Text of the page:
What’s the point (of view)? (Writing journal, October 21, 2102)

After having made some decent progress on defining my character and plot for Unanimous Consent, I now find myself struggling to choose the point of view for the narrative. I had been assuming a third person objective point of view. But my quest to find something new to read made me question that. I decided to stop reading Atlas Shrugged for now; it’s simply too much work. And besides, maybe it’s better if I don’t compare my novel to it at this point; that can come later. So, I scanned by bookshelves for something new to read.

My old Scholastic Book Services version of Jules Verne’s Journey to the Center of the Earth called out to me. I started reading but after a few chapters, it occurred to me that maybe I should be reading something that’s written in third-person perspective to get my mind more familiar with that style for my own writing. So, back to the bookshelves.

I could read more Steinbeck. I browsed through some of his works, but quickly noticed his writing style is similar across all his stories—excellent writing, but all similar in style. I want something different. Some Philip Roth perhaps? No, they all seem to be in first person. The Great Gatsby? No, first person. I know Richard Bach‘s other works are in first person, as is Thoreau‘s work. Lolita? Nope, first person.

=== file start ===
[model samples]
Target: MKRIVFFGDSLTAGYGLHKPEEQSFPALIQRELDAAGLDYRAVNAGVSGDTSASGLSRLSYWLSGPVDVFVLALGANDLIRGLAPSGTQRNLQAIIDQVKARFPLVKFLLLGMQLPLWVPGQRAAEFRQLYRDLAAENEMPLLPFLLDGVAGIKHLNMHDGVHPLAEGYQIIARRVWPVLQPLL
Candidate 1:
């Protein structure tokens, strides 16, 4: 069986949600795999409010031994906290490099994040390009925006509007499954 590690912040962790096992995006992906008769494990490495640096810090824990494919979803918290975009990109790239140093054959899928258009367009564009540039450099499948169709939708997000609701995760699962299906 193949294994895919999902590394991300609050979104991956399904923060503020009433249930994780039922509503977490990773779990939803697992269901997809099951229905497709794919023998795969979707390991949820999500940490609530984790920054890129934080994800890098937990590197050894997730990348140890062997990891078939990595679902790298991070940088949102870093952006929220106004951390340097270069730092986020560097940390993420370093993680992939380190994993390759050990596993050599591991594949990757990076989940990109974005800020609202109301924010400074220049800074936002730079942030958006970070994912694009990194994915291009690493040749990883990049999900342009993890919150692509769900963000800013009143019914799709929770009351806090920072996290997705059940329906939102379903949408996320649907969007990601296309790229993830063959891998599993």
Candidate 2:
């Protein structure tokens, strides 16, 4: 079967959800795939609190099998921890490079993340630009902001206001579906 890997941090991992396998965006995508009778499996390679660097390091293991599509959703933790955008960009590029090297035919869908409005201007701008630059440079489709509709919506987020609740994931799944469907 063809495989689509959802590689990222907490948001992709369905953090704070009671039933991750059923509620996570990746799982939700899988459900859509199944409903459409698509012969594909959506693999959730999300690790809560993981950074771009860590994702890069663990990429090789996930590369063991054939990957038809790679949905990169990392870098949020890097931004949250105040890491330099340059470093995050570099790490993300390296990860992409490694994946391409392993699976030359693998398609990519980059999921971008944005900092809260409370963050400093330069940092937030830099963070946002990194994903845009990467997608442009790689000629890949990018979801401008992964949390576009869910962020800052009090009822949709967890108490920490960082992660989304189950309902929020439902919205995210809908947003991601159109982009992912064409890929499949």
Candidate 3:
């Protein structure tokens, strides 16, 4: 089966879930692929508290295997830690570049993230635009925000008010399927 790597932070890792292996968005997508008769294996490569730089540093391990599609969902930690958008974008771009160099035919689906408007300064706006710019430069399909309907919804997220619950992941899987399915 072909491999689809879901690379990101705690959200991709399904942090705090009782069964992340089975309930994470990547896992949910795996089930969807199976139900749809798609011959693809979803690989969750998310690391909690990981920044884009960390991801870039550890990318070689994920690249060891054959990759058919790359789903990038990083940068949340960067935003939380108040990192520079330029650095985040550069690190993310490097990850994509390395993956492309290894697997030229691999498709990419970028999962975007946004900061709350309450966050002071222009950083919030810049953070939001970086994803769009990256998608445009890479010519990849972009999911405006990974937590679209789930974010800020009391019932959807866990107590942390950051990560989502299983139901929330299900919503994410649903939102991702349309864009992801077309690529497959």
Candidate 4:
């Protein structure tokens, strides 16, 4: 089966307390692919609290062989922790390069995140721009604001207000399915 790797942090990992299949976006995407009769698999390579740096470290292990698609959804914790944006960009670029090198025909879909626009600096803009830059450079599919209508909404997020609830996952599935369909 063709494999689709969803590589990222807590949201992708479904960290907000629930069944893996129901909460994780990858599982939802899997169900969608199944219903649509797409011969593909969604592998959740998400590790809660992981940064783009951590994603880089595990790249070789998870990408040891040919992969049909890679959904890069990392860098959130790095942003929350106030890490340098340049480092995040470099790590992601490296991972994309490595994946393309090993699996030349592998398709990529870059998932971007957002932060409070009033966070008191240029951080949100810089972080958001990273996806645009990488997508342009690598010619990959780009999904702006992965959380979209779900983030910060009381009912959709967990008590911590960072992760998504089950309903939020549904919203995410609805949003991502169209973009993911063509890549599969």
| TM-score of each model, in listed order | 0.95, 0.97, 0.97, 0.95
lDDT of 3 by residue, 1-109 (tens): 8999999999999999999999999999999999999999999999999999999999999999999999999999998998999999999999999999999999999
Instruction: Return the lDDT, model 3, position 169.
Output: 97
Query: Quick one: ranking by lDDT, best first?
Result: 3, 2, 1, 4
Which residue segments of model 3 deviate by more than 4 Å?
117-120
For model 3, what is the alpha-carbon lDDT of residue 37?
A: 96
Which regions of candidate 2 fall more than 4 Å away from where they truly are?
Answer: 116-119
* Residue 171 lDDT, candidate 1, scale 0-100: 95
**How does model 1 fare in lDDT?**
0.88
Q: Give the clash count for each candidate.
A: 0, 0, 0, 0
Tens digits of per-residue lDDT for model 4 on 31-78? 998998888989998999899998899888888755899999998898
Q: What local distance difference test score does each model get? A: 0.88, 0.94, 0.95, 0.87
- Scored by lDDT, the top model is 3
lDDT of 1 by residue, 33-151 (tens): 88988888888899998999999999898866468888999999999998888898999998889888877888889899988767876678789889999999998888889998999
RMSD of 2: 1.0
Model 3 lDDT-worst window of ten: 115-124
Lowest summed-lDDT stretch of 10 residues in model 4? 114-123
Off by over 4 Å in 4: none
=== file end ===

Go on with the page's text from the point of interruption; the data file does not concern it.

And so at this point, I’m wondering if maybe I shouldn’t be writing Unanimous Consent in a first person perspective. I looked at a few articles about the subject online, and although they helped illustrate the pros and cons of the various choices, the best answer for what I’m writing still wasn’t clear.

I guess I can always change my mind later, but that could mean a lot of rewriting.

And then I realize, ironically, that Atlas Shrugged is a pretty good example of a novel written in third person point of view, so maybe I really should give that another chance.


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